Inside one of the rooms in the school, there were signs that someone had been living there and keeping large birds. This was our creepy cue to leave the place.

Abandoned school

The main view of the abandoned school.


The room in which someone has been living and keeping birds.

View from roof

From the roof of the school, you can see Hallasan, the largest mountain in Korea.

Paradise no more

The most recent abandoned building I’ve found is the jewel in the crown of discoveries. Named Paradise Hotel, it’s a luxury resort complete with spa, sauna, and outdoor swimming pools. Although all of the doors were open, we entered through the basement and found ourselves plunged into darkness amidst a maze of twisting corridors and impenetrable blackness. We had only one phone screen between us to use as a light source, and it offered little information about our surroundings.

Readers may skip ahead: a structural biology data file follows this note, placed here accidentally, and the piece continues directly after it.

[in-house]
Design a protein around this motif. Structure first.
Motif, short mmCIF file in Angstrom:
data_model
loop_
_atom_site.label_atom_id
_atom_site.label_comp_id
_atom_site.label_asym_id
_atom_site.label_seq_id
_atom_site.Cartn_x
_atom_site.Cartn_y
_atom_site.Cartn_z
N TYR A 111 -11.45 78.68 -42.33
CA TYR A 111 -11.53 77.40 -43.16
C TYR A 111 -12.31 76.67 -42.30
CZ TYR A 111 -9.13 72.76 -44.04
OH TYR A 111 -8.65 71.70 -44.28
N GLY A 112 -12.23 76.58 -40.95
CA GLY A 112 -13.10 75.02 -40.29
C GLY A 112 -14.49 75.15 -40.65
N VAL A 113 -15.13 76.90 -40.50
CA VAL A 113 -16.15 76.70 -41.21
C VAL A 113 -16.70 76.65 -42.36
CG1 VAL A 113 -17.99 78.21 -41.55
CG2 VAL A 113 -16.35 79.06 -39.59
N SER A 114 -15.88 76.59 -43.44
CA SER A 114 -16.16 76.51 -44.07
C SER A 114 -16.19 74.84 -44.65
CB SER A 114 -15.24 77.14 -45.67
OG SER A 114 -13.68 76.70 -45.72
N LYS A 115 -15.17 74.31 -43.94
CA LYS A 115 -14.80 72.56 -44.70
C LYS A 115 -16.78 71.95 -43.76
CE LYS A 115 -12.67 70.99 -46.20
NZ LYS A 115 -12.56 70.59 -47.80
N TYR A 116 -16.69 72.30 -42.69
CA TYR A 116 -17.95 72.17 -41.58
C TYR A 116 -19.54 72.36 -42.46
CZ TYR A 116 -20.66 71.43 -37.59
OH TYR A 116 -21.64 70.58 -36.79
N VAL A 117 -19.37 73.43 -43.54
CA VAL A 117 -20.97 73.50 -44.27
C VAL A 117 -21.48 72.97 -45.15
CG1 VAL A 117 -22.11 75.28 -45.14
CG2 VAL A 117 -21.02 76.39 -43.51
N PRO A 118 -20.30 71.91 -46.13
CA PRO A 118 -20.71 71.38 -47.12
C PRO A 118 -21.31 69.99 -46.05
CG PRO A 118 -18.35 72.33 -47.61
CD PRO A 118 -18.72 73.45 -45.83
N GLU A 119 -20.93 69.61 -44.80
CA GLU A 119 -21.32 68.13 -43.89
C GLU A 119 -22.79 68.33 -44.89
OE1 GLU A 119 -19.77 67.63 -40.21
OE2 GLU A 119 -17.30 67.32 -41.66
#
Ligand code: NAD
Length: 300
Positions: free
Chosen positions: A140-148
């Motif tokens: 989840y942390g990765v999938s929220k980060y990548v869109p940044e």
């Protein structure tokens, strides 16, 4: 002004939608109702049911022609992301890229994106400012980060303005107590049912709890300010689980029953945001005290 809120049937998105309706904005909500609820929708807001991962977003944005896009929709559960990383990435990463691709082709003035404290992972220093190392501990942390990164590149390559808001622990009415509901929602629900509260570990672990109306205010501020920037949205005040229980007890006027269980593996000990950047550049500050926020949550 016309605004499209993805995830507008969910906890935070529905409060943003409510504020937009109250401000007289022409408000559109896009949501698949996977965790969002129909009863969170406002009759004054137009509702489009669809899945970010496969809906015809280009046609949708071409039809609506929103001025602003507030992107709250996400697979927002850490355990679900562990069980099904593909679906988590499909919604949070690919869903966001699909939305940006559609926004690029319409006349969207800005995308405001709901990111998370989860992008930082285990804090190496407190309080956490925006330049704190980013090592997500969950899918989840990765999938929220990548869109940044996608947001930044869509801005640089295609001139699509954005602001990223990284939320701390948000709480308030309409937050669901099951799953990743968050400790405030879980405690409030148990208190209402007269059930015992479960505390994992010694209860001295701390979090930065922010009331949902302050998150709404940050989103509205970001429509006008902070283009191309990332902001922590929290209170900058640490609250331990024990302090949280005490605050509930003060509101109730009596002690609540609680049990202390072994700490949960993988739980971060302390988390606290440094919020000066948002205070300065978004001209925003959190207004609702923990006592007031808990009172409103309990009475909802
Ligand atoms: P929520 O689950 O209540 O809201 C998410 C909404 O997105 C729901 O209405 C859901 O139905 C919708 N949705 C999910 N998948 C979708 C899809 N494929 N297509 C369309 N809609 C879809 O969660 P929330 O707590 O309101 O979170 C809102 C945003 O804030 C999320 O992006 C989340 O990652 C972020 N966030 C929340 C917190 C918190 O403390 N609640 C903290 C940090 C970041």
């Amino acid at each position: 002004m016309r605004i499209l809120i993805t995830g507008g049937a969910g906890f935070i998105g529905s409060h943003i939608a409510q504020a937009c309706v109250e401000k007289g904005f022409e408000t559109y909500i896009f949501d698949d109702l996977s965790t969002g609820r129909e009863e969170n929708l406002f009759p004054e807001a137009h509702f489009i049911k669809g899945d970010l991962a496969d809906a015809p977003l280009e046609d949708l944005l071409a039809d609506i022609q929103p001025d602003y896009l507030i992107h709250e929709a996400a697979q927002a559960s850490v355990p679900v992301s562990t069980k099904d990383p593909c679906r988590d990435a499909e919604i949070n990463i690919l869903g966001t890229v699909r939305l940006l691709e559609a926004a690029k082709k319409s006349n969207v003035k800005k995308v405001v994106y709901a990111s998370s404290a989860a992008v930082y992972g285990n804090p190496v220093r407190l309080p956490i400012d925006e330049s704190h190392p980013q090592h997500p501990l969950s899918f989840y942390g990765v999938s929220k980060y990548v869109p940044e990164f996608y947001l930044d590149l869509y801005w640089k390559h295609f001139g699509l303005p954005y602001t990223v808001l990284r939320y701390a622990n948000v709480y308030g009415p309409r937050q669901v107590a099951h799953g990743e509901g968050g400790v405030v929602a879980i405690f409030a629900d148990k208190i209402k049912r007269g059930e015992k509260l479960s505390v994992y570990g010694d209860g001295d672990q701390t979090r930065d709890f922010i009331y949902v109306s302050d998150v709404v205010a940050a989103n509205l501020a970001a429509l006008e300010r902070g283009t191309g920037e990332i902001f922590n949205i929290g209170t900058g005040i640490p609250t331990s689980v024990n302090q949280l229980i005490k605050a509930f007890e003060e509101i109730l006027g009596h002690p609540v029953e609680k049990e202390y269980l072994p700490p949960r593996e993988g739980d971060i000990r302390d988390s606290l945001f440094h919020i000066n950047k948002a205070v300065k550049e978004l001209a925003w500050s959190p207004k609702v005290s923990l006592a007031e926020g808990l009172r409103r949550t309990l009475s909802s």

Leaving the basement, we explored the bar, the dining room, the ballroom, and the reception area before moving on to the bedrooms. Here we found price lists. A regular room cost $370 a night while the deluxe rooms were $800 a night. This wasn’t a cheap place to stay. The rooms themselves were being invaded by nature as it battled to reclaim land it once owned, but the resort was so large that it’ll still be standing for many decades or centuries.

Entering an open door to the roof, my friend and I stood to take a harmless photo of ourselves wearing smoke masks we’d found in the hotel. A security guard appeared below and begun shouting at us. We quickly put back the smoke masks and disappeared without a trace, our adventure over for the day.

Dark basement

In the basement, we could see almost nothing.